Room 218 of Santa Maria de Guadalupe Hotel



It was said that this room used to be a chapel for the monastery, thus the humongous space and superbly high ceiling. It was a lovely room with lovely view except that it was very chilly given that it only has one heater to serve the whole room. We were shivering throughout the night.

The hotel was the most expensive among our lodging in Spain. We decided to go for it still partly because of its history and partly because a portion of the profit made goes to supporting the Franciscan Monastery next to it. So, it's money well spent.
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Thursday, September 8, 2016

Spain & Portugal - Day 15

Our original plan for today was to visit Cabo Da Roca, the westernmost point of continental Europe before spending the rest of the day in Lisboa city. However, after much consideration, we decided to spend our precious one day to experience this exciting city to the fullest.

Driving from our hotel to Baixa, the main district of Lisboa is out of question. Traffic is bad, parking is hard to come by and expensive. Since we had a direct tram to Baixa, that was the obvious choice.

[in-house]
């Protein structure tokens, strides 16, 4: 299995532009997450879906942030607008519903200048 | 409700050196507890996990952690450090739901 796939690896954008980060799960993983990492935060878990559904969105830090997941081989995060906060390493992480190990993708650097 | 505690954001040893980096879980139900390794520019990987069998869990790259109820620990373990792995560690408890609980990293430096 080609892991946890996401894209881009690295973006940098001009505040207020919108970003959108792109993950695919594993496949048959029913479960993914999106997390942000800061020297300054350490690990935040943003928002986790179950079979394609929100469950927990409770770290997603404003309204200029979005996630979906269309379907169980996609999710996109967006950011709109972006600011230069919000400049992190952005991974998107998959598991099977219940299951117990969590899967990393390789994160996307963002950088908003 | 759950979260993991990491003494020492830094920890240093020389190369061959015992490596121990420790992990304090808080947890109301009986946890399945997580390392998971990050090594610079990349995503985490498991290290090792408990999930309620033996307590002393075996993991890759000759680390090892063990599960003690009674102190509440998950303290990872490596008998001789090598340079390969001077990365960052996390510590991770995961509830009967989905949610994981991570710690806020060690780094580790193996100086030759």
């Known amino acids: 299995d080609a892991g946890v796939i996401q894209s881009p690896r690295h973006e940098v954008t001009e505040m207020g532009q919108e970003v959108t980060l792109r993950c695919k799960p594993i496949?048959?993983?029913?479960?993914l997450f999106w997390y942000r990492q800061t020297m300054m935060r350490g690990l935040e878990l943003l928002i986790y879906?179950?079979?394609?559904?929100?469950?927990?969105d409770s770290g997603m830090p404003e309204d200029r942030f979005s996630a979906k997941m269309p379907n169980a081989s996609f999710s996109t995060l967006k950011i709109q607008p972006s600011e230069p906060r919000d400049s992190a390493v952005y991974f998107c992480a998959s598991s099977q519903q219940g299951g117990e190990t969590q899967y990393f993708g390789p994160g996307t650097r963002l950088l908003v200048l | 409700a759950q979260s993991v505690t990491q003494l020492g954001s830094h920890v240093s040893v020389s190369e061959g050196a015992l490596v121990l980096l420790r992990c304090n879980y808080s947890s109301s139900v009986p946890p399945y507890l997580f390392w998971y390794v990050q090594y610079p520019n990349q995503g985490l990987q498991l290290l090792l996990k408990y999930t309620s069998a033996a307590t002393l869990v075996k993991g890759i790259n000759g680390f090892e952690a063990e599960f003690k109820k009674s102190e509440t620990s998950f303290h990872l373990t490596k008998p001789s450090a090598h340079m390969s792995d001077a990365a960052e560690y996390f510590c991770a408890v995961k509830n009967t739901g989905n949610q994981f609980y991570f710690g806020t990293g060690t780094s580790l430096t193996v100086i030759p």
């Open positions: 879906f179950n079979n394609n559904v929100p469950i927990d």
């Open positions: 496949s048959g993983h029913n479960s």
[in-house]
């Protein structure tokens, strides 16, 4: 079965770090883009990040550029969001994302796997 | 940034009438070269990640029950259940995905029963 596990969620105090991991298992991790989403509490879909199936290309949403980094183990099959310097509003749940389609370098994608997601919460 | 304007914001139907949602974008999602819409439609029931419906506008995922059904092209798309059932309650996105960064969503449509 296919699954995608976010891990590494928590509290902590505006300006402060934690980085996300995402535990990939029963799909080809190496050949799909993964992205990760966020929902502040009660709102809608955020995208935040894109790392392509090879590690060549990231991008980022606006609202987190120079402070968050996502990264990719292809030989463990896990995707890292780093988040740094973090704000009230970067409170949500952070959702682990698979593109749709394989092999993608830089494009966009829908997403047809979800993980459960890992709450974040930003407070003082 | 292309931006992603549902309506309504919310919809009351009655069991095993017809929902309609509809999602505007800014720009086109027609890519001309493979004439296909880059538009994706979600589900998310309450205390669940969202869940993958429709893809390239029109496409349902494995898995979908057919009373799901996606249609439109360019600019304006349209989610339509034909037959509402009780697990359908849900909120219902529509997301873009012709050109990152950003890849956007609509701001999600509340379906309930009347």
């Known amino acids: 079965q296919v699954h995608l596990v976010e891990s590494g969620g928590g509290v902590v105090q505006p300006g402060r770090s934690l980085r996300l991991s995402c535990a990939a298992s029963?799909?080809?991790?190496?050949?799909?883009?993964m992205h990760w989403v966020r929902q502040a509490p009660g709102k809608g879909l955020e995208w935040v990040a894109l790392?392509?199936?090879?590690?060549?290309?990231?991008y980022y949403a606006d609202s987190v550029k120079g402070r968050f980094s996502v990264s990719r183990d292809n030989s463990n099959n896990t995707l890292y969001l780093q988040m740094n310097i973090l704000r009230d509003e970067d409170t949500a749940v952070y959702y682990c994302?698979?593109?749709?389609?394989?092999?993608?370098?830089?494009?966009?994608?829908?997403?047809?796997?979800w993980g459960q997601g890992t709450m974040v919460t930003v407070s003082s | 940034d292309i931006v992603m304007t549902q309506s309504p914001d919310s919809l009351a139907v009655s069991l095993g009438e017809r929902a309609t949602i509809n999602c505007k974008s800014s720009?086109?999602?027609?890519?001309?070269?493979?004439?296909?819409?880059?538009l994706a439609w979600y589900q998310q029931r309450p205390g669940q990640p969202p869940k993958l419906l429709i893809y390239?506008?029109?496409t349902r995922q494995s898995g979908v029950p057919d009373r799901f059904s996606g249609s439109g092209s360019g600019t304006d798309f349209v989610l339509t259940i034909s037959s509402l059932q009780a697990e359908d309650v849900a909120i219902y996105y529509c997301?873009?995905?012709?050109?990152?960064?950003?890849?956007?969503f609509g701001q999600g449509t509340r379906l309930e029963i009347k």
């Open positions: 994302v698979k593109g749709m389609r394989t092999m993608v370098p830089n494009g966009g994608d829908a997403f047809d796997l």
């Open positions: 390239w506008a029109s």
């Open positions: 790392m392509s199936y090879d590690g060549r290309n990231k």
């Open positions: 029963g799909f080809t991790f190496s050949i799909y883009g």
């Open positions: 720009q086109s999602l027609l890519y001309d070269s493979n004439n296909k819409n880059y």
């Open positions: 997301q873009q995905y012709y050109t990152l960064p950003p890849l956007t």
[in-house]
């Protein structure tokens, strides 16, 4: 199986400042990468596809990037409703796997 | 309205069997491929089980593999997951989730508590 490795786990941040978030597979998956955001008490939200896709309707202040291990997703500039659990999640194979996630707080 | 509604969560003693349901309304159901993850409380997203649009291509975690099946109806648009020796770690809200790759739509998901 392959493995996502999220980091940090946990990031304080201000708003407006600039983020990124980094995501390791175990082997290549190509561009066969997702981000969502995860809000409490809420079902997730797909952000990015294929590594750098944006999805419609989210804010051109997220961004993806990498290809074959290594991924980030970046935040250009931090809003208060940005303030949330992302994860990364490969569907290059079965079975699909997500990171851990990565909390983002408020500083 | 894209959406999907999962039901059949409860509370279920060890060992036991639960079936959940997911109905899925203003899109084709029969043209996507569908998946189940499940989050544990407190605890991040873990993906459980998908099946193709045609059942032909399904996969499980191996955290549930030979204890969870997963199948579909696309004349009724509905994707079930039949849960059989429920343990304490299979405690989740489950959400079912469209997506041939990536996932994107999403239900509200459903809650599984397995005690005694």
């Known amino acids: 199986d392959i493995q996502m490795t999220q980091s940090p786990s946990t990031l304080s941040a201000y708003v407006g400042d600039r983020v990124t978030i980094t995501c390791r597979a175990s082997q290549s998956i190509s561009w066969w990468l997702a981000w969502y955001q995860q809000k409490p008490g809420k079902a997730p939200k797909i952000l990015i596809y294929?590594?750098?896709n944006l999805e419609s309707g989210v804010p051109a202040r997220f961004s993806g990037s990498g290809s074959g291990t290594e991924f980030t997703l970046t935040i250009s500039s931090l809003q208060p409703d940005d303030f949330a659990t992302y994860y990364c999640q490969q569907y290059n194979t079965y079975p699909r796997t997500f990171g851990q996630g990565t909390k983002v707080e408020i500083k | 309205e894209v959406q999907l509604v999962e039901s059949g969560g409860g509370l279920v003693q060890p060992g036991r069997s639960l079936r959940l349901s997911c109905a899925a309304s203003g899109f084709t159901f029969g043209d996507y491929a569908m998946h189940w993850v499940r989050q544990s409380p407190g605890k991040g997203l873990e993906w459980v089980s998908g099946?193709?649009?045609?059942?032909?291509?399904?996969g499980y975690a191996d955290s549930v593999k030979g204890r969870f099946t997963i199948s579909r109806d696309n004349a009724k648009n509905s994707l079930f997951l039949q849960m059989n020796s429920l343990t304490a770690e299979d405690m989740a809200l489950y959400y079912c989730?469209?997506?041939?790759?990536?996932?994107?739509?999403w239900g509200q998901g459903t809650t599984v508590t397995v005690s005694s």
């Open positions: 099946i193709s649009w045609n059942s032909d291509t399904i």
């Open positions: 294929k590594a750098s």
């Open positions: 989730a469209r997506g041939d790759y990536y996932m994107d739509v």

Lisboa is notorious for pickpockets, and having been warned by friends and families who had visited, we were on high alert. The number 1 rule of self travelling is not to look like a tourist. But, there's no way we could camouflage that fact. We don't speak Portugese and our skin colour is way too obvious. On our way to the tram station, at a busy traffic junction while waiting for the "green man", we had our first encounter of Lisboa "pickpocket". Lucky for us, we met an amateur. He was caught in action by us while fumbling with the zipper of our sling bag. After a brief moment of stunted eye contact, the man just treated as if nothing happened and waited next to us to cross the road. No running away at all. That's quite peculiar. And the crowd around us who had seen what happened, just shrugged off as if its a "normal" day-to-day business and moved on. That's really an eye-opener!

Anyway, that brief encounter was a "good" start for the day preparing us on what to expect while on the street in order to keep our valuables safe. Our first stop was to Jeronimos Monastery (Mosteiro dos Jeronimos) in Belem.








Jeronimos Monastery, built in 1502, is a monastery of the Order of Saint Jerome; and is a UNESCO World Monument. Though we hadn't seen many churches or monasteries in Portugal, but it is by far the grandest that we had seen. The cravings at the main entrance of the monastery was extended to every pillar in the church hall.